Thought Leadership

Comment on: “Capital for Justice: Spurring On Impact Investing for Racial Equity”, by Darren Walker and Roy Swan

This comment originally appeared on an essay published in Stanford Social Innovation Review (SSIR) by Darren Walker and Roy Swan of Ford Foundation, "Capital for Justice: Spurring On Impact Investing for Racial Equity". The essay by Walker and Swan is part of a 10-week series on racial equity and impact investing co-presented by Mission Investors Exchange and SSIR titled, 'How Foundations Are Using Impact Investing to Advance Racial Equity,' featuring 10 foundations who have made committments and deployed strategies to address issues of racial equity through their impact investing practices.
Click here for the more information on the series, including a list of contributors and a summary of comments on other essays in the series. 

Twenty-five years ago, having spent over a decade in venture capital investing, I co-founded an investment management firm, Fairview Capital Partners, to invest institutional capital into venture capital, growth equity and other private equity funds significantly owned and/or led by women and minority professionals. At some point in my career progression, it dawned on me that the eponymous “capital markets” are – in fact – “people”: thousands of people working in investment offices of public and corporate pension funds, sovereign wealth funds, banks, insurance companies, government-owned entities, foundations, endowments and wealthy family offices, making decisions about their institution’s financial capital.
Some of these people were, and remain, reluctant to commit investment capital to more diverse investment managers and entrepreneurs, whether constrained by incumbency bias— a tendency to back candidates one is already familiar with— a lack of critical market intelligence, or simply believing that doing so will likely yield sub-optimal results, despite a growing body of compelling data to the contrary. Taken cumulatively, the effects of decisions made across the institutional investor corpus have skewed the allocation of investment capital towards a relatively homogeneous segment of the available qualified, talented investment professionals capable of investing such capital responsibly. This has considerable consequences for excluded communities.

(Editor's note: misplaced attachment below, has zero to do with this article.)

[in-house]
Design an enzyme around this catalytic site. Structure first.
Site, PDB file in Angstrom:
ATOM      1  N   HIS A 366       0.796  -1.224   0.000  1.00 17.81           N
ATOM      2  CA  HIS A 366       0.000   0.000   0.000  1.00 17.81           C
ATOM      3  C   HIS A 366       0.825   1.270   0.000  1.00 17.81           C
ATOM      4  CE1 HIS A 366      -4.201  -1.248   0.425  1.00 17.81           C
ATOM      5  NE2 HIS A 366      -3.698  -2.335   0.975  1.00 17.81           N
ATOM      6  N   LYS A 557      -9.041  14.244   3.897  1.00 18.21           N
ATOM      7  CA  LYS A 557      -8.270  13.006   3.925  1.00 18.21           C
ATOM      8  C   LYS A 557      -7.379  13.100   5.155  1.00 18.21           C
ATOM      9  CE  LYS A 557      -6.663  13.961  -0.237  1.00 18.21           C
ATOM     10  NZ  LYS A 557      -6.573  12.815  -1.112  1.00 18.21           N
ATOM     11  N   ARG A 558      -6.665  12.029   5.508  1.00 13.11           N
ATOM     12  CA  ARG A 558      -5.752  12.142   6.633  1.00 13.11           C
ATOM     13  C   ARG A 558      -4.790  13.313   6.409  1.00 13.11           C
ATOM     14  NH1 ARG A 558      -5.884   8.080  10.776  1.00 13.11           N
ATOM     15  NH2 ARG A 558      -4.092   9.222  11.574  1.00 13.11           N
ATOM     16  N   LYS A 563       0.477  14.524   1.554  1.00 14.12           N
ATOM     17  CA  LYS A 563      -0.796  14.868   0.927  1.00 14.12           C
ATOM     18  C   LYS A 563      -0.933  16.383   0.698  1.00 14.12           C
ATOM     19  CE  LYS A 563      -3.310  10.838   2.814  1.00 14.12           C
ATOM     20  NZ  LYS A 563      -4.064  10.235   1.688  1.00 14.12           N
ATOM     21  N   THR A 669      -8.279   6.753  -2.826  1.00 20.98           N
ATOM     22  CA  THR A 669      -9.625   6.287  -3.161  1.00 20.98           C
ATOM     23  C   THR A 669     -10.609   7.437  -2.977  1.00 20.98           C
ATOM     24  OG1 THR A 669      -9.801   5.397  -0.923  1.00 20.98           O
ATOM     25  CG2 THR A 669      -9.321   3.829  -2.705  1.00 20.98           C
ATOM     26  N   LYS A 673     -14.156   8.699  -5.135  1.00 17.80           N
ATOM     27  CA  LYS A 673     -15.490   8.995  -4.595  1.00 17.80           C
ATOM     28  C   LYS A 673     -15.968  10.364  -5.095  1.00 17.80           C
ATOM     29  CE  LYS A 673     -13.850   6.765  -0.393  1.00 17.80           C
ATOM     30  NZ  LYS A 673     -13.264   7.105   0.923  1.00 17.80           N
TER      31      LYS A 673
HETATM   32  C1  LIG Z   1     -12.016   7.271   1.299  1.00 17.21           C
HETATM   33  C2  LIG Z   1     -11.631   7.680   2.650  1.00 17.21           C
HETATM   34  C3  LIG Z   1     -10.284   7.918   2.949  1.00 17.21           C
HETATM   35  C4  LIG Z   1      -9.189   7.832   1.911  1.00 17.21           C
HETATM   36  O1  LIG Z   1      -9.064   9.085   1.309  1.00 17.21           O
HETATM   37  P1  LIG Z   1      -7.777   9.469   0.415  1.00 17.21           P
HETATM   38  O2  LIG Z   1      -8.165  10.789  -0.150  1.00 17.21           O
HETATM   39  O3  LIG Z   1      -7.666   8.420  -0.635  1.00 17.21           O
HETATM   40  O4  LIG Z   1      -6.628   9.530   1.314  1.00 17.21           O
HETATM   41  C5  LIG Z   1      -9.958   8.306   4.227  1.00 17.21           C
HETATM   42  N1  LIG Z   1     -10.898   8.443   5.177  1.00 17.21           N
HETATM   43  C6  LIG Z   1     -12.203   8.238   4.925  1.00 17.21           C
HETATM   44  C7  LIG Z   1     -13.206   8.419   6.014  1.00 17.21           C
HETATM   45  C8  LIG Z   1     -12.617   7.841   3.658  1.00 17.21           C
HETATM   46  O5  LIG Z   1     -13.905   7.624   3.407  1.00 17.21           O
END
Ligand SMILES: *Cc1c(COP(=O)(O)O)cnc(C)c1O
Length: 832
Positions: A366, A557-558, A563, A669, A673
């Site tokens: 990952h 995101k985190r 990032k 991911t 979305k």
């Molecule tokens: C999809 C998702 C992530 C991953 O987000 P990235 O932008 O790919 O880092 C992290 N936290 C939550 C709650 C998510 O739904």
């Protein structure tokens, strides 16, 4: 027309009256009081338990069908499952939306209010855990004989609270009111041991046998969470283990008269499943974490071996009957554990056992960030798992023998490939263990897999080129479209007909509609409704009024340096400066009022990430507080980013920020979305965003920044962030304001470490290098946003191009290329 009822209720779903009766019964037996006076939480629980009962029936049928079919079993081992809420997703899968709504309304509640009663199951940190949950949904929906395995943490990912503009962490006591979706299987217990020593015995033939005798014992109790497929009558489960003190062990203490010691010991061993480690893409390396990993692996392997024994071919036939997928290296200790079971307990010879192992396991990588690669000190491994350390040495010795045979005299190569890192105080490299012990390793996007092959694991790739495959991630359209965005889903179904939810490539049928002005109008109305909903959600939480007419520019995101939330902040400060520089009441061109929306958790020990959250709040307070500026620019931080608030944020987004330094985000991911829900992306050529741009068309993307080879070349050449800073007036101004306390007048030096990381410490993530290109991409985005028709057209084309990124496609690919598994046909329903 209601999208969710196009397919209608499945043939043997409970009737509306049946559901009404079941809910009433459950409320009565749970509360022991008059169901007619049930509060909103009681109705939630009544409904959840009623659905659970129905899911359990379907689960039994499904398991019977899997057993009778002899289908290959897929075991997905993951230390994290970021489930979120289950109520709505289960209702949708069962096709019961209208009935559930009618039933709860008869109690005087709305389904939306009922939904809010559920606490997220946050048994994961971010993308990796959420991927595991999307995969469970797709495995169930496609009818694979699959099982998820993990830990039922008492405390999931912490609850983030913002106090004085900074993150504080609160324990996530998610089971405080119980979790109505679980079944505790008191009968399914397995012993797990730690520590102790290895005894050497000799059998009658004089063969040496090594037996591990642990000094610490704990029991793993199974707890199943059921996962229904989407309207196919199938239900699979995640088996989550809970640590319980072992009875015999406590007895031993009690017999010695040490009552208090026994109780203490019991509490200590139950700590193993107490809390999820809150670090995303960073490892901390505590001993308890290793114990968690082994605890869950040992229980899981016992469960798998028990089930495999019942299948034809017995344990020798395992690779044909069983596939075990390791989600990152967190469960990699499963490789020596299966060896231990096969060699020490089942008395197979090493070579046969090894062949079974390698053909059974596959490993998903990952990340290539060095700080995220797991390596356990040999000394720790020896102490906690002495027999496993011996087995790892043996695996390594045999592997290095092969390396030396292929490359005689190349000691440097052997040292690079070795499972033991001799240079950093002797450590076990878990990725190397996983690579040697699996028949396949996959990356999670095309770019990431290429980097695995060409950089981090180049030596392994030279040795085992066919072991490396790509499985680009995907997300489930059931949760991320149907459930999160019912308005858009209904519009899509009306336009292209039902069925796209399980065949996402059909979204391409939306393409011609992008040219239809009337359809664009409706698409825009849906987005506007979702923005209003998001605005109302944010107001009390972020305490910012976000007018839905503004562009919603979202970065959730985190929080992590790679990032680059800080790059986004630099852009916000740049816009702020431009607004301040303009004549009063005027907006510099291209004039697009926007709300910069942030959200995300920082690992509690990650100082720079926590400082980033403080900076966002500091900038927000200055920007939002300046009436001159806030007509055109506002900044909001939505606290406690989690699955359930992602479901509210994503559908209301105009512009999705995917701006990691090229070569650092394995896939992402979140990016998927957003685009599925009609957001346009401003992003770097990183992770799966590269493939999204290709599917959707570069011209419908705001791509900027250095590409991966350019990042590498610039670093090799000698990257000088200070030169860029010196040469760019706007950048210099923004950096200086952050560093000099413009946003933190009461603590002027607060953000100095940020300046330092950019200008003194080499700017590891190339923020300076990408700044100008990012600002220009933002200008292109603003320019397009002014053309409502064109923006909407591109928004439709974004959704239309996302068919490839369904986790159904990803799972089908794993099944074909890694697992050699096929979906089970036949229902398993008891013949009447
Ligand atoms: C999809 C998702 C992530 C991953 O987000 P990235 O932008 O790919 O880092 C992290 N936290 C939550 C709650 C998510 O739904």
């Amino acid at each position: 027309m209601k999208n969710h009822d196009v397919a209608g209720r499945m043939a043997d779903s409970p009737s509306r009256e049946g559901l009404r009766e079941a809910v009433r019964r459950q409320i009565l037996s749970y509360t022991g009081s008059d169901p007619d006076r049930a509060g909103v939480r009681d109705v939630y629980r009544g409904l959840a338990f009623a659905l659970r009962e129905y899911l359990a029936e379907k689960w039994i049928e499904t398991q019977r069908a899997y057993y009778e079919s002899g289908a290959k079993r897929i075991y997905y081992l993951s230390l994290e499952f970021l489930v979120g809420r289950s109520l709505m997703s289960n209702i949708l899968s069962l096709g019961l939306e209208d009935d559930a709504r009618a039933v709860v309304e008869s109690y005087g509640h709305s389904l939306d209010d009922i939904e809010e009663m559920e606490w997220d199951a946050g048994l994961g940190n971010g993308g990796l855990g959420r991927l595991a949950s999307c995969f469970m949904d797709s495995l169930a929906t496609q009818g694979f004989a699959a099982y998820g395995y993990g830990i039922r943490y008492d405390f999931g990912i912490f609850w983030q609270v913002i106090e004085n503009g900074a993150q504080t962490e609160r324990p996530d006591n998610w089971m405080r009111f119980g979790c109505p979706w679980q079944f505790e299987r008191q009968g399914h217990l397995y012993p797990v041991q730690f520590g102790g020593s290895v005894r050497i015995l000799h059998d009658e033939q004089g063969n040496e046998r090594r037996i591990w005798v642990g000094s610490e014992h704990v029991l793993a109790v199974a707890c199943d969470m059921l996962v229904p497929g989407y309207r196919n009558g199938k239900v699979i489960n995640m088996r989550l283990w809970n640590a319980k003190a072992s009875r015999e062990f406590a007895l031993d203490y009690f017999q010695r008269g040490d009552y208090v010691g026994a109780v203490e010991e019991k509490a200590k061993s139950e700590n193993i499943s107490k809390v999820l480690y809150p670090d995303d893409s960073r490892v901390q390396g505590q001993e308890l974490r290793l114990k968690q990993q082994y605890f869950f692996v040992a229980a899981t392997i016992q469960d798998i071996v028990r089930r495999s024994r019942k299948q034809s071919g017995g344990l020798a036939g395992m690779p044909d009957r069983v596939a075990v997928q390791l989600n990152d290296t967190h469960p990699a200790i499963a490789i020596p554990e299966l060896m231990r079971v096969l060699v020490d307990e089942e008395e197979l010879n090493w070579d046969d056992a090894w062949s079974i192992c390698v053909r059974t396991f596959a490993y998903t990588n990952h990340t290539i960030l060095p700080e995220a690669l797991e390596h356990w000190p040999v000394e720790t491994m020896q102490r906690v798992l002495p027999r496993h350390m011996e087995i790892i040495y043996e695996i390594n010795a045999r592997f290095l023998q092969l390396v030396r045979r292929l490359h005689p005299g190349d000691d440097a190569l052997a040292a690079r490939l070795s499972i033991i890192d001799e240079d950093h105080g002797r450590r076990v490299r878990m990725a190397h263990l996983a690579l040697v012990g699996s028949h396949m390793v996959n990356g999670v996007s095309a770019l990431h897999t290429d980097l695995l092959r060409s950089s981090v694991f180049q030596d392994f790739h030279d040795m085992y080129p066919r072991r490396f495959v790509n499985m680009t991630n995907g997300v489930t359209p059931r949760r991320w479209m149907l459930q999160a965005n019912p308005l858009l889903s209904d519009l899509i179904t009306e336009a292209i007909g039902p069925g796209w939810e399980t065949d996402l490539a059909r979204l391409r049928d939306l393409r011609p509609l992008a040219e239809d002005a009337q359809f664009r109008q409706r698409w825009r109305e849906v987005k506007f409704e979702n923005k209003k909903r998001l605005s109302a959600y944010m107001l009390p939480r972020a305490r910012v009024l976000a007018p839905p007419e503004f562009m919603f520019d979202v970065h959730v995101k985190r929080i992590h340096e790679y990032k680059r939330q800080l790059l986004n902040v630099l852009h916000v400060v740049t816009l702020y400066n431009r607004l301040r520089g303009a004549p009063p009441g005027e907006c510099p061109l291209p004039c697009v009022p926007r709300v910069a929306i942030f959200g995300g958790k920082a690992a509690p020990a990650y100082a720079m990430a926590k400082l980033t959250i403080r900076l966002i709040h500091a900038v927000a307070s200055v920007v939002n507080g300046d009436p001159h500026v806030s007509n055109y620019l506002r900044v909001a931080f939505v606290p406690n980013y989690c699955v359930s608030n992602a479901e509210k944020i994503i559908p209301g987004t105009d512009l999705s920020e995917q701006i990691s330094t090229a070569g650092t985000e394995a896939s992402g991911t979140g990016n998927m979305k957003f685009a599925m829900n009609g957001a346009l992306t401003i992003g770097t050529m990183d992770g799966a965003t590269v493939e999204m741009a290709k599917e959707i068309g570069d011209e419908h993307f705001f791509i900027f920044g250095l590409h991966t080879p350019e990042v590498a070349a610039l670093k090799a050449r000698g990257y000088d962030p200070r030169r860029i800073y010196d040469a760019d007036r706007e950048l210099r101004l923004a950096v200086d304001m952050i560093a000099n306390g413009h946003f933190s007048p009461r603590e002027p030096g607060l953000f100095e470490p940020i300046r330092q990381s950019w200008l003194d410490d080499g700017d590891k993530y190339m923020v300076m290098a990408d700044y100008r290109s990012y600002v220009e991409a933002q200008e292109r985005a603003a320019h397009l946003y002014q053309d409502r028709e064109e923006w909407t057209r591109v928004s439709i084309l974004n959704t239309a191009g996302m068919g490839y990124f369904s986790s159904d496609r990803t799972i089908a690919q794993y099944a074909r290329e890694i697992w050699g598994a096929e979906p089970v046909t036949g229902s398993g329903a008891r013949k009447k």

Until recently, the weight of efforts to alter such lingering, distortive inequities has fallen largely to public pension funds, whose governing bodies increasingly reflect broader diversity than those of many private institutions. Foundations, for all of their tremendous work to advance racial justice and equality in the United States, have been noticeably absent among the ranks of institutions investing with diverse managers. Indeed, a recent study found that only 1% of capital provided to under-represented venture capital and private equity fund managers came from foundations. (See: “Limited Partner Perspective: The Opportunity in Diverse Emerging Managers”, NAIC, 2015).)
Fortunately, as Roy Swan and Darren Walker inform us in this compelling article, the Ford Foundation and a few of its peer institutions are determined to change this. And as the authors make abundantly clear, in order to accomplish this, such institutions must act, must be willing to experiment, to take risks, indeed – must “do something.”
That “something” began with Ford leadership’s embrace of a kinetic new idea: that increasing the number of diverse professionals, in particular women and under-represented minorities, who have demonstrated the talent and ability to profitably invest institutional capital in the private markets – venture capital, growth equity – will in time significantly impact the distribution of wealth across a broader swath of the American people. In sum, committing capital to a diverse pool of investment professionals is impact investing. Ford then doubled-down by committing an appreciable portion of its own endowment to this thesis over the next decade.
What is especially encouraging about this effort is the recognition that change of this magnitude cannot happen overnight. Change will require a patient, sustained, multi-pronged attack on structural barriers that continue to constrain capital access for women and minority investment professionals and entrepreneurs. And the likelihood of success will be greatly enhanced should other institutions choose to engage in similar efforts.
Having worked on the front lines of the effort to increase access to institutional capital for a more diverse opportunity set of talented investment managers and entrepreneurs for thirty-six years now, it is an extraordinarily exciting moment to be a partner with the Ford Foundation in this movement. As Swan and Walker express so eloquently, nothing less than a more equitable America is at stake.
Laurence C. Morse, Ph.D.
Co-Founder and Managing Partner
Fairview Capital Partners, Inc.

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